Ah, life in a capitalist democracy. We vote with our ballots and send people to Washington, entrusting them to make the sort of decisions of which we would approve. And we vote with our wallets, hoping the executives in charge of our favorite products keep innovating and, you know, getting our stuff to us on time.
This week, those powerful people piped up. The autonomous vehicle titans Waymo and Uber reached a dramatic mid-trial settlement and ended a chapter in self-driving history, as transportation editor Alex Davies and I noted. Jack Stewart brought word of the coming clash between flying car makers and government bureaucracy. President Donald Trump released his long-awaited $200 billion infrastructure plan, to more than a few “boos”. And Elon Musk tried to explain why about 400,000 customers who’ve plunked down $1,000 for a Tesla Model 3 will have to wait just a bit longer.
Let’s get you caught up.
Stories you might have missed from WIRED this week
Early last Friday morning, Waymo surprised everyone and announced a mid-trial settlement with Uber in its blockbuster self-driving car trade secrets lawsuit. Waymo will receive $245 million in Uber equity and the promise that Uber engineers will never use its self-driving tech in its autonomous vehicles. And with that, a chapter of self-driving history closes. The next challenge? Actually building these cars and finding the business models that will make these people money.
On Monday, President Trump unveiled his long-awaited $1 trillion infrastructure plan. Except it’s only $200 billion, it’s not great for small towns and cities, and might not address the country’s real infrastructure problem: fixing up our busted roads, bridges, and transit networks.
As the country debates that infrastructure plan, contributor Nick Stockton floats a whole new framework, one that fits into our fuel-efficient and electric age. Instead of using the a middling gas tax to fix our roads, why not charge drivers by the mile?
Electric cars may get all the headlines, but Jack takes some time to check back in with gas engines—and finds they’re getting much better. “The internal combustion engine might not even be middle-aged,” one scientist says, thanks to innovations that keep squeezing more power out of less fuel.
After launching a Roadster into space, Elon Musk took to Tesla’s quarterly earnings call to explain Model 3 production delays. Jack’s takeaway: Car production isn’t rocket science. It’s much harder.
Alex checks in with General Motors’ Maven car-sharing service, which expanded to Toronto this week. The operation is still small, but its real mission is teaching GM important lessons about surviving in the future, where owning a personal car could be downright uncool.
Flying cars—aka vertical takeoff and landing aircraft—may the hot investor item right now, with even Airbus getting in on the act. But the Federal Aircraft Administration is still skeptical, and will need to update its rules if the things ever want to get in the air. Jack reports on the state of what will surely be a lengthy negotiation.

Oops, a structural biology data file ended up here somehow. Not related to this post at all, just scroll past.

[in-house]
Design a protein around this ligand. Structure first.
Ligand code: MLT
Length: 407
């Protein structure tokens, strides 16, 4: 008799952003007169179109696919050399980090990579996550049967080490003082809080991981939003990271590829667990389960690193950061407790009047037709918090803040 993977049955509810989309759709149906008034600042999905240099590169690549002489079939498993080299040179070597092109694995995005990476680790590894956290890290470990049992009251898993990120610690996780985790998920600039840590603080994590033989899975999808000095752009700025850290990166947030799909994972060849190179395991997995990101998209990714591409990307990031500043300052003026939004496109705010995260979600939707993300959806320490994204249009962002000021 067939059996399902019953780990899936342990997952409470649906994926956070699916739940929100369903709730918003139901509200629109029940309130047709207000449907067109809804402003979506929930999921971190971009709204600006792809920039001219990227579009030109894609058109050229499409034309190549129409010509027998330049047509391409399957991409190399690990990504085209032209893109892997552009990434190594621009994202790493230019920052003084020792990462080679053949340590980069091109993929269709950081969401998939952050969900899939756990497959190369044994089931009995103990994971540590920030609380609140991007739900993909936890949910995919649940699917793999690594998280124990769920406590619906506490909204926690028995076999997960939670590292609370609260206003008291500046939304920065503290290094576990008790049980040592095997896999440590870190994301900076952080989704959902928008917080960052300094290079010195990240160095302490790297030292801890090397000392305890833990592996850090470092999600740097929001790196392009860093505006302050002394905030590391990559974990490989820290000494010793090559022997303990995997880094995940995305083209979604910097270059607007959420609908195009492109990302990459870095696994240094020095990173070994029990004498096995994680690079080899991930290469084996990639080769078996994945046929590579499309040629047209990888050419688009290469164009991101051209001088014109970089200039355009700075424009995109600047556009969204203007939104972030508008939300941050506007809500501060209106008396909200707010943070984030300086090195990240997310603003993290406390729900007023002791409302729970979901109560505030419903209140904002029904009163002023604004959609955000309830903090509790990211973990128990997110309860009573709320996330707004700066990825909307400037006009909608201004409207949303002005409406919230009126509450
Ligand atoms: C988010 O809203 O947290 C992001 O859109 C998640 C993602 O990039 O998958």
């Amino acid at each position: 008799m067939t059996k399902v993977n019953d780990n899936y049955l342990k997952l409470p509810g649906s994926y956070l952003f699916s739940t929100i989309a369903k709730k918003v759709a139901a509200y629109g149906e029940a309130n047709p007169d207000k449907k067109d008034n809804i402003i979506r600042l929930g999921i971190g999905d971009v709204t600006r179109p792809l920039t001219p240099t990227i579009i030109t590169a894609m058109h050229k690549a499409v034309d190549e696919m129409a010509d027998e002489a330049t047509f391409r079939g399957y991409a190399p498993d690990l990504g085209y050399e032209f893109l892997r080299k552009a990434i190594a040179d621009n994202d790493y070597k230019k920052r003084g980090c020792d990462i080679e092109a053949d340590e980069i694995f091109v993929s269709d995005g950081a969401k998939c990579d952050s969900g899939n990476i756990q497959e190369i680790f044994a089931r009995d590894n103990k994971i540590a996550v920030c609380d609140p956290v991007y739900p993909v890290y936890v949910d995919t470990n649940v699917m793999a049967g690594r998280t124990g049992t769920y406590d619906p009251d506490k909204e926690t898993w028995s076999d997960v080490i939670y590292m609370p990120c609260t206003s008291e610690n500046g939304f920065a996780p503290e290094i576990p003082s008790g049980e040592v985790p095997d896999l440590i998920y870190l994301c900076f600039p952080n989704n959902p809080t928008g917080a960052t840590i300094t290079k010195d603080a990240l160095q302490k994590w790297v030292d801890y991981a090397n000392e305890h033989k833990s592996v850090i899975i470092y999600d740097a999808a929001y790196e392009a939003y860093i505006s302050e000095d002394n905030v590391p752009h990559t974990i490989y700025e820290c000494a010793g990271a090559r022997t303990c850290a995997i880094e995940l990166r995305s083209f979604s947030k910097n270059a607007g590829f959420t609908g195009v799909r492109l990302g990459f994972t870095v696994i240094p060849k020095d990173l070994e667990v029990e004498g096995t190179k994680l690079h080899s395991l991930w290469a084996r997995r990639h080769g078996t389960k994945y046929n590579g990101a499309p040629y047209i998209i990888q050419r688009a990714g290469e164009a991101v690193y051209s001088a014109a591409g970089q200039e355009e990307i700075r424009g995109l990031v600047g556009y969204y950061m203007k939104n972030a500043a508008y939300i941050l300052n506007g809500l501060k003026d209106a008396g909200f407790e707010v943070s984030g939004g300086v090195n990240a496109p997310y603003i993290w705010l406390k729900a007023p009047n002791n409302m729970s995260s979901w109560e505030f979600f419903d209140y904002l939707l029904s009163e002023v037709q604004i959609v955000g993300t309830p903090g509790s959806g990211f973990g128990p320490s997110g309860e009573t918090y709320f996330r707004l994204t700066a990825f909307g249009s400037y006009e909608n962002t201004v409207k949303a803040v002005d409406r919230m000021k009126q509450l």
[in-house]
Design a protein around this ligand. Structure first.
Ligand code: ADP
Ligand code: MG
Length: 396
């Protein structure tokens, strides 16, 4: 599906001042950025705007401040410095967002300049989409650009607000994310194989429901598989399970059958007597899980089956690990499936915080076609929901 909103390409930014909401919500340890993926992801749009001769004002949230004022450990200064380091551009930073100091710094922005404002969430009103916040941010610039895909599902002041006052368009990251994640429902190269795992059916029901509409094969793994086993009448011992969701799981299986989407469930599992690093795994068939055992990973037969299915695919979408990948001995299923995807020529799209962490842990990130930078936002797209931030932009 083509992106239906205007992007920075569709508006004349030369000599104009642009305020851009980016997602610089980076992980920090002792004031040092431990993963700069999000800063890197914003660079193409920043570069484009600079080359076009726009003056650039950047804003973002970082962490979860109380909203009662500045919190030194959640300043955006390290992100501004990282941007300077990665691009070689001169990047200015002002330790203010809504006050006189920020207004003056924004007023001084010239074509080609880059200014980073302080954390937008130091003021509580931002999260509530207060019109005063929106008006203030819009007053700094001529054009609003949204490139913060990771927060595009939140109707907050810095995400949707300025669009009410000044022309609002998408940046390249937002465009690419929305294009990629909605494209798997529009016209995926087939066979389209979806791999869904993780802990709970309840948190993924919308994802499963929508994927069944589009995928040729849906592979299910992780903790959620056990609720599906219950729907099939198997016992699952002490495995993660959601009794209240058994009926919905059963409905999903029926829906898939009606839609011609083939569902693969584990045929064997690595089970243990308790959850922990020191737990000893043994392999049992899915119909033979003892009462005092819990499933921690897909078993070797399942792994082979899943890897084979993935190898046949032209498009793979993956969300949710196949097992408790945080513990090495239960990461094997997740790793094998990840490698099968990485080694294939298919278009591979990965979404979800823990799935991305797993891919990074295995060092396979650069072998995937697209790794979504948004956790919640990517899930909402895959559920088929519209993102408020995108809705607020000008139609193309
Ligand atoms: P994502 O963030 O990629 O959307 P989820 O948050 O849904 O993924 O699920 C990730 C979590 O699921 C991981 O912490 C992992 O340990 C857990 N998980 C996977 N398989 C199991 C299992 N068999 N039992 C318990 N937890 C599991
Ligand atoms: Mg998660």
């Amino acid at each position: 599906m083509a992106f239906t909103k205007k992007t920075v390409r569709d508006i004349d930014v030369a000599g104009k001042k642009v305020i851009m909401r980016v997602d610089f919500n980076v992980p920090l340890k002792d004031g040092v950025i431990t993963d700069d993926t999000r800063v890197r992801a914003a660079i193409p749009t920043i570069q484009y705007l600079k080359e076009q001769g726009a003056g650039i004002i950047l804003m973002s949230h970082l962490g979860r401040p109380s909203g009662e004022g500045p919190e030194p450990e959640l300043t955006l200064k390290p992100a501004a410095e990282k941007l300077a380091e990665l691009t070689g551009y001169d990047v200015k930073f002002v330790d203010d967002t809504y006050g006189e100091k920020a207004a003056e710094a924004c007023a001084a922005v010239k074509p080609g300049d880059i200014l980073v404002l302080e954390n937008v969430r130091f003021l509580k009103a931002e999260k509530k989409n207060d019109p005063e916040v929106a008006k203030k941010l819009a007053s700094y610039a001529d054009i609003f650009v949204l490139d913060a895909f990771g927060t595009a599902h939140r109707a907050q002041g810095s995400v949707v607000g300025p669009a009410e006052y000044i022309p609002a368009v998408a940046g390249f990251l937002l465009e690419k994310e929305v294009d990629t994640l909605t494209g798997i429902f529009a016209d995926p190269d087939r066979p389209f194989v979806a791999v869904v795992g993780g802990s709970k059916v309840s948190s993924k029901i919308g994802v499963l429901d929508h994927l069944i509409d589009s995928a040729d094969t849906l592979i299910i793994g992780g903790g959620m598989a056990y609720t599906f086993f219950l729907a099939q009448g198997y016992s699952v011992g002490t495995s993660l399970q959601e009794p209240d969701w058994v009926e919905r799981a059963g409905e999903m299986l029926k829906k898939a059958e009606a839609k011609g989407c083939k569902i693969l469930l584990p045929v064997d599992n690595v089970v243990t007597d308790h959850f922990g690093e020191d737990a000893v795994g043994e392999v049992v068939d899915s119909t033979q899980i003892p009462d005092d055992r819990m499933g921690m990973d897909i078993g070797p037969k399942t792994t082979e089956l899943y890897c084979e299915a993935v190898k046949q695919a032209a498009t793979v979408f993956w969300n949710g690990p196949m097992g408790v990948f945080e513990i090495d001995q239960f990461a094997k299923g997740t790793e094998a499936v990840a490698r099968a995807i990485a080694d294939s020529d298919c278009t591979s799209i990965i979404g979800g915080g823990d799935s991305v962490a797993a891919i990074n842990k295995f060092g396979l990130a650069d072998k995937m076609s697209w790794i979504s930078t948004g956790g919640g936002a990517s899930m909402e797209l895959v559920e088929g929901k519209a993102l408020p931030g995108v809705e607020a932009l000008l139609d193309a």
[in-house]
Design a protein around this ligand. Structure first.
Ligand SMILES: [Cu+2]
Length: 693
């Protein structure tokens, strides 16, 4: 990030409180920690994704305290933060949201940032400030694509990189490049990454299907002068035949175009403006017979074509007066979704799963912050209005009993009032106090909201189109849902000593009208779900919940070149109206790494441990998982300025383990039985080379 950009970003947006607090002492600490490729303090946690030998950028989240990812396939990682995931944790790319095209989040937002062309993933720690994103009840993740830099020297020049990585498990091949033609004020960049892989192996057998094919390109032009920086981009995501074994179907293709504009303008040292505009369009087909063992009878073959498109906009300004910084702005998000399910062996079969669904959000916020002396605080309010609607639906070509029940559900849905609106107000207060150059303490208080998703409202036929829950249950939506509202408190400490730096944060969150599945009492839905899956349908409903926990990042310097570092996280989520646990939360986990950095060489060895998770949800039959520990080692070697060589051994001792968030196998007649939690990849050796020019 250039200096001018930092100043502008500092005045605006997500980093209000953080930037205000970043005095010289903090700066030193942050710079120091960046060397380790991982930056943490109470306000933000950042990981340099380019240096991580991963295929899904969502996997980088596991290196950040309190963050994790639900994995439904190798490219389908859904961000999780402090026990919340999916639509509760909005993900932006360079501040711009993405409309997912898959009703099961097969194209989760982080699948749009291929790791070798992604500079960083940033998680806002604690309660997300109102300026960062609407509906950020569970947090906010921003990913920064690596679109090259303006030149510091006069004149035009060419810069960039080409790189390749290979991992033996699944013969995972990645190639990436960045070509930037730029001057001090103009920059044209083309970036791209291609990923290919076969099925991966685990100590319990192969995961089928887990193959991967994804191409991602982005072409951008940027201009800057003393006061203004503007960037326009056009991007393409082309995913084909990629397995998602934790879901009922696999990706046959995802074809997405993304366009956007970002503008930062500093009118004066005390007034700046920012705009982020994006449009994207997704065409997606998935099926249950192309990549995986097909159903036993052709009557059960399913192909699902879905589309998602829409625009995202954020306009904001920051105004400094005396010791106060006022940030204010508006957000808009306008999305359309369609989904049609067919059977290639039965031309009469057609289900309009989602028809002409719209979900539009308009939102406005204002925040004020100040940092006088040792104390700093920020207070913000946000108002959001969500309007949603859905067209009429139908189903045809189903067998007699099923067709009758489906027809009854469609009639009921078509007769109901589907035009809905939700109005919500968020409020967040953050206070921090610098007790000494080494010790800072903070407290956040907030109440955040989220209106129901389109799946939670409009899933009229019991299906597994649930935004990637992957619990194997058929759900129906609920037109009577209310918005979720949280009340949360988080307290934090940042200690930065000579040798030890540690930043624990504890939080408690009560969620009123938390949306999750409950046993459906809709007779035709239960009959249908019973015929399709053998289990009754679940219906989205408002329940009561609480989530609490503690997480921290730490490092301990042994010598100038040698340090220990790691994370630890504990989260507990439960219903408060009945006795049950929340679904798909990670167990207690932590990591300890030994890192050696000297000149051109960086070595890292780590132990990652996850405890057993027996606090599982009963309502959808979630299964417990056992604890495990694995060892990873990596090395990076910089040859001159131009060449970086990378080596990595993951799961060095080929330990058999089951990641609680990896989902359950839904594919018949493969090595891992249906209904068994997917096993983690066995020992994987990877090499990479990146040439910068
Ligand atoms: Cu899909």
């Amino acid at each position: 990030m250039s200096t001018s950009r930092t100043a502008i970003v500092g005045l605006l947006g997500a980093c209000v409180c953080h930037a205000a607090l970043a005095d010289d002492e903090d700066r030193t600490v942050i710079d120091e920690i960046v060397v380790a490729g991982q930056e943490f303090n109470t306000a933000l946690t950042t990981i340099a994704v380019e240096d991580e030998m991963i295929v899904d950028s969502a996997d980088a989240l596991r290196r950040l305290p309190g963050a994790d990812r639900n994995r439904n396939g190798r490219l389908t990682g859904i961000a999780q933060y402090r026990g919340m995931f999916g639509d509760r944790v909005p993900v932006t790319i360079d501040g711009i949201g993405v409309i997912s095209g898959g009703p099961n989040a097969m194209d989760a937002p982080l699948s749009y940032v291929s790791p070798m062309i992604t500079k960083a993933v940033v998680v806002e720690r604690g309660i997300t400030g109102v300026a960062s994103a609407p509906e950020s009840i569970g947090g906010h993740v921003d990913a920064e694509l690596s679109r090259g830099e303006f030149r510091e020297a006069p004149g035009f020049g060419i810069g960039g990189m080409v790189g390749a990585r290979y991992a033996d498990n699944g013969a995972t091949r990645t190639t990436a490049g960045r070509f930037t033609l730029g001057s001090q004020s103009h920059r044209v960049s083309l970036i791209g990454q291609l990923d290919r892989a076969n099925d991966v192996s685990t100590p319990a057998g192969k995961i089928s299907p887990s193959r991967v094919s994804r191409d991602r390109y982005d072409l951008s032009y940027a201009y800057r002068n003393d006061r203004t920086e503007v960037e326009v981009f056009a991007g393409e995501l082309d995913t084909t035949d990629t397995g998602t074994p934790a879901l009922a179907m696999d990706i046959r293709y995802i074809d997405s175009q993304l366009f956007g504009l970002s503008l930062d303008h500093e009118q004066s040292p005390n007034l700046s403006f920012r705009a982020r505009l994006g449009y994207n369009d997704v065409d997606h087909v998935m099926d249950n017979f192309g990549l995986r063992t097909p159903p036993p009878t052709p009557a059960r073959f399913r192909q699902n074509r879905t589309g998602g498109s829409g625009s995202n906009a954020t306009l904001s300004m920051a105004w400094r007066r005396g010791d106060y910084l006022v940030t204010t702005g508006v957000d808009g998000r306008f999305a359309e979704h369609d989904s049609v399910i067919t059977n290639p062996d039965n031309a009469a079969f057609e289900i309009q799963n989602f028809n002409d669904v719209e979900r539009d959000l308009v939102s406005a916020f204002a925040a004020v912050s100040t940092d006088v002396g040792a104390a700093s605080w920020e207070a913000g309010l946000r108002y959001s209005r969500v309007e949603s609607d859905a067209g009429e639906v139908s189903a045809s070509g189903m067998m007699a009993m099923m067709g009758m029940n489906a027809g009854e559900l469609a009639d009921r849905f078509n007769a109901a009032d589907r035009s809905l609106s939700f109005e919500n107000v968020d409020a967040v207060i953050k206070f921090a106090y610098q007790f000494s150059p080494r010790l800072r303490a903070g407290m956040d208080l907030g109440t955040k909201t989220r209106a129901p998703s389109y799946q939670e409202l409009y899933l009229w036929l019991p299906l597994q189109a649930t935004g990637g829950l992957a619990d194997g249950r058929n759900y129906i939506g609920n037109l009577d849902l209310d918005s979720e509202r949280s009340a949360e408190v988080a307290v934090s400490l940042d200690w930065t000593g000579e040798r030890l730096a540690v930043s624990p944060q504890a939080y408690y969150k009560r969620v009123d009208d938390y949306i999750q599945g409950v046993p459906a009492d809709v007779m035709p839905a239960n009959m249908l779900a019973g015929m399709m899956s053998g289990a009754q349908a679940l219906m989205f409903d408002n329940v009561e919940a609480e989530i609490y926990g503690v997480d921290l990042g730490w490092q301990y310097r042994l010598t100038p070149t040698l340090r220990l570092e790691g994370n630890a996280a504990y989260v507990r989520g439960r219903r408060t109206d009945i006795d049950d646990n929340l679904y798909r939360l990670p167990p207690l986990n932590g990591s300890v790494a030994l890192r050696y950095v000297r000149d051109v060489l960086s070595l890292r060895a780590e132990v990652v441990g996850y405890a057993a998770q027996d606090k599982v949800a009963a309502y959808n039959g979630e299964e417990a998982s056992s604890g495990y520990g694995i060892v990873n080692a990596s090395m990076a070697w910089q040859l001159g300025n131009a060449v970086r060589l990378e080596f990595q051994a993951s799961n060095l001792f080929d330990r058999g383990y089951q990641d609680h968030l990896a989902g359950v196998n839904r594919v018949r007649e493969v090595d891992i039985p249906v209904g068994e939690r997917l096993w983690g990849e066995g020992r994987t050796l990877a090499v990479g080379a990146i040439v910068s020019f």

Rescued Corvette of the Week
Four years ago, a gigantic sinkhole opened up under the National Corvette Museum in Bowling Green, Kentucky, swallowing eight classic sports cars. This week, redemption, phoenix-like and pure. The museum unveiled the last of the Corvettes to get fixed up. The 1962 Tuxedo Black has been restored to its mid-20th-century glory, and the museum is glad to have it back on solid ground.
News from elsewhere on the internet.
- Uber announces it will force drivers to take 6-hour breaks between 12-hour shifts. Just one problem: Drivers often work for Lyft too, which means even drowsy ones can switch apps and drive through the loophole.
- We already knew British vacuum-maker Dyson wanted in on the electric car market, but now it looks like it will put out a bunch of EVs. The downer: The first generation might not include solid-state battery tech.
- CEO Dara Khosrowshahi gets real ambitious about Uber’s place in the transportation ecosystem, telling the Goldman Sachs tech conference he’d like the company to run a city’s bus systems one day.
- The Trump administration is working to maintain an EPA loophole that allows trucks with newly rebuilt engines to legally spew 40 to 55 times the air pollution put out by other new trucks.
- Help Pittsburghers map the autonomous vehicles in their midst. Companies testing the tech in Pennsylvania are not required to release data on their operations, and so local publication The Incline is trying to keep track of who’s driving where.
In the Rearview
Essential Stories from WIRED’s canon
Here’s a throwback: WIRED’s 2011 look at this crazy, app-powered upstart called Uber. Quoth Travis Kalanick, seven years ago: “We don’t look in the rear-view mirror much. We just keep going forward. We’re faster and intelligent. If you’ve got something to compete, bring it—I’m not sleeping. If you’re sleeping, I’m gonna kick your ass.”